“The bride and groom come to the house of the Lord professing their love one for another. They enter into solemn and eternal covenants with each other and with the Lord. Their relationship is sealed in an eternal compact. No one expects every marriage to work out perfectly. But one might expect that every marriage in the house of the Lord would carry with it a covenant of loyalty one to another.

I have long felt that the greatest factor in a happy marriage is an anxious concern for the comfort and well-being of one’s companion. In most cases selfishness is the leading factor that causes argument, separation, divorce, and broken hearts.

Brethren, the Lord expects something better of us. He expects something better than is to be found in the world. Never forget that it was you who selected your companion. It was you who felt that there was no one else in all the world quite like her. It was you who wished to have her forever. be loyal to your companion. May your marriage be blessed with an uncompromising loyalty one to another.”[ii]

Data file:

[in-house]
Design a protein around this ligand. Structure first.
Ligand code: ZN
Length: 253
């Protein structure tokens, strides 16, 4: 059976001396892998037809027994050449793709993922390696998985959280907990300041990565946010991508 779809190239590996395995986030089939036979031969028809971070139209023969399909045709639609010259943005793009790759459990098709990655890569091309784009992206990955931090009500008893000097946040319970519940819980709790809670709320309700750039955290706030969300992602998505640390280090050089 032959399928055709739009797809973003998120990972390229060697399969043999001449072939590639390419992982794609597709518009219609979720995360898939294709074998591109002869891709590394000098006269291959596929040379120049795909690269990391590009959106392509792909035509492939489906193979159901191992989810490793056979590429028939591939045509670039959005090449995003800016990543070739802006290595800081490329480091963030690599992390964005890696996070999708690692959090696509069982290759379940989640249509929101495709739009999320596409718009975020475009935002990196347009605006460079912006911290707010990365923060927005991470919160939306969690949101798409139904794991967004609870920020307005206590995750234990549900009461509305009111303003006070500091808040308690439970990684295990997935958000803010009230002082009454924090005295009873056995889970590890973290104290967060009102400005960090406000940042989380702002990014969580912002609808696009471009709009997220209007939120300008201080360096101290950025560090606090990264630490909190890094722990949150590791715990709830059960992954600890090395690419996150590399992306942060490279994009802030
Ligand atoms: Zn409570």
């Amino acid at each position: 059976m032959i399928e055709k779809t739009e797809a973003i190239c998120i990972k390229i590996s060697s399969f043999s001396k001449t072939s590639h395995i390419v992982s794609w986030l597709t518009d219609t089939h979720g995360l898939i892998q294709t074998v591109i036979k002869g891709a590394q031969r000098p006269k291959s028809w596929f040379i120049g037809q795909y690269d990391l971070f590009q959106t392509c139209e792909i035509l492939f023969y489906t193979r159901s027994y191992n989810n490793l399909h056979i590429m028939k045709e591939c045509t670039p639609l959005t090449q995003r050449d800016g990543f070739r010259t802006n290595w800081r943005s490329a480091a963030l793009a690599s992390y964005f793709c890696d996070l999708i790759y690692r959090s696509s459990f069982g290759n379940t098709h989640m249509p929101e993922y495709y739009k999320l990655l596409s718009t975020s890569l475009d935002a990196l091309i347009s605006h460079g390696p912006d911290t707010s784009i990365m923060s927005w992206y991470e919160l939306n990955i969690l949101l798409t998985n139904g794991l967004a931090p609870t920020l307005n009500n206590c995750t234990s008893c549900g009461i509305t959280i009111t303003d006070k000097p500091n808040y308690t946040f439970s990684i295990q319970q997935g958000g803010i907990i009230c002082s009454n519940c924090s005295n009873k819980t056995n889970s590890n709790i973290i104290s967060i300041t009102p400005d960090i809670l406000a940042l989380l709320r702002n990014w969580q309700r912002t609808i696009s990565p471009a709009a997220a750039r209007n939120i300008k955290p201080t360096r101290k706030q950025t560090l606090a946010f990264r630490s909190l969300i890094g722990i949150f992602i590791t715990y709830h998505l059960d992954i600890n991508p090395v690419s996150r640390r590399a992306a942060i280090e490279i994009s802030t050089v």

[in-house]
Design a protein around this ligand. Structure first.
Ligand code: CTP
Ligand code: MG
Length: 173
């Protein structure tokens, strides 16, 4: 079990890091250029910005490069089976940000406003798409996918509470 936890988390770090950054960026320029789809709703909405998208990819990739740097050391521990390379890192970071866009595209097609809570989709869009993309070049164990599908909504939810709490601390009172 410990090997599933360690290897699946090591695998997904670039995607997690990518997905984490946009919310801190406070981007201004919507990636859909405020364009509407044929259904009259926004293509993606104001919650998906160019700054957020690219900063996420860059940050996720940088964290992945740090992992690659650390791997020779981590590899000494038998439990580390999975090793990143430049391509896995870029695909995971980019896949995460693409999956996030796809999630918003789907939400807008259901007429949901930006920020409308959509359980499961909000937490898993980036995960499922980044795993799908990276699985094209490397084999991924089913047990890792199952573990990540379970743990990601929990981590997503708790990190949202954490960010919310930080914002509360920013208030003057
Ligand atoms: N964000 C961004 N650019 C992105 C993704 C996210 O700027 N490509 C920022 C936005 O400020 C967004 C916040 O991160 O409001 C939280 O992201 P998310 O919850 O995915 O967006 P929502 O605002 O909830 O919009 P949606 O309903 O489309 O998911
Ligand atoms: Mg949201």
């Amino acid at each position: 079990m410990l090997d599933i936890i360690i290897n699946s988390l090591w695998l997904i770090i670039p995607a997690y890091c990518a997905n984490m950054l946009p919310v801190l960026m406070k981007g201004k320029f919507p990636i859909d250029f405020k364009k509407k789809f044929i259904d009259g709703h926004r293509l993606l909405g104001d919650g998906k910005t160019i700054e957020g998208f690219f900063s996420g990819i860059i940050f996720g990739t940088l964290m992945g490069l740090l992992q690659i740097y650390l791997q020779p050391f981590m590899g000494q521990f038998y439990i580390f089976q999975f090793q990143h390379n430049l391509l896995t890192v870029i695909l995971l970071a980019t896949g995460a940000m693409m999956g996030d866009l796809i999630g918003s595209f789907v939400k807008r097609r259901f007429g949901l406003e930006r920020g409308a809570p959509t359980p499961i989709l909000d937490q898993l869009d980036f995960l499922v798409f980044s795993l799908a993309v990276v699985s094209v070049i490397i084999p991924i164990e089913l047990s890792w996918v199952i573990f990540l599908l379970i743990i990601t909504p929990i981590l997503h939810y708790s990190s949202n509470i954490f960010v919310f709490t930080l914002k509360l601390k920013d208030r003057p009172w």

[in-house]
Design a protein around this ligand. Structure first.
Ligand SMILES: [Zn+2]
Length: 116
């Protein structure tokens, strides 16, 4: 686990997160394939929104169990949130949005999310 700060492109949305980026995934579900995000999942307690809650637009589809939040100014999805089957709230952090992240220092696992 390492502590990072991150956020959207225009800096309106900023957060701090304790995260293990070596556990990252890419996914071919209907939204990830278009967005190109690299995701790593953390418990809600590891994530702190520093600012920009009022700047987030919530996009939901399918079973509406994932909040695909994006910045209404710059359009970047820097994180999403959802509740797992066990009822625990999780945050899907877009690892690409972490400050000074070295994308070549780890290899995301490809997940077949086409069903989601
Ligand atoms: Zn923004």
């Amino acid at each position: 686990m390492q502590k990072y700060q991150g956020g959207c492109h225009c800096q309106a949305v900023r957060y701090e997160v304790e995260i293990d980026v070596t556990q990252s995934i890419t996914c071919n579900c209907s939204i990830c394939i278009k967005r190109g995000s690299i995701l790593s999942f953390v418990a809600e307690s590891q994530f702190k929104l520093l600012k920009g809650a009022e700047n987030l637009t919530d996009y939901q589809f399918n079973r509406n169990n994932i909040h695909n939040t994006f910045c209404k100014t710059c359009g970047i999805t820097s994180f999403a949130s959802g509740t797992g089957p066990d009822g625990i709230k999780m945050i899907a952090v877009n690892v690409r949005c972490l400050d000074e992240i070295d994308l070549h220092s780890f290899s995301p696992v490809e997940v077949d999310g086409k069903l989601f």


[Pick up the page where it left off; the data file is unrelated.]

Your wife’s reaction doesn’t make any sense to you. You’ve made some guesses about how to handle this, but she’s become frustrated with your approach. Instead of focusing on how you can get together with your friends, turn your attention to deepening your understand of her experience. Her responses will likely expose an opportunity for your own growth and development. Elder L. Whitney Clayton taught that happily married couples “know that no other relationship of any kind can bring as much joy, generate as much good, or produce as much personal refinement.”[iii] Never elevate a friendship above your marriage.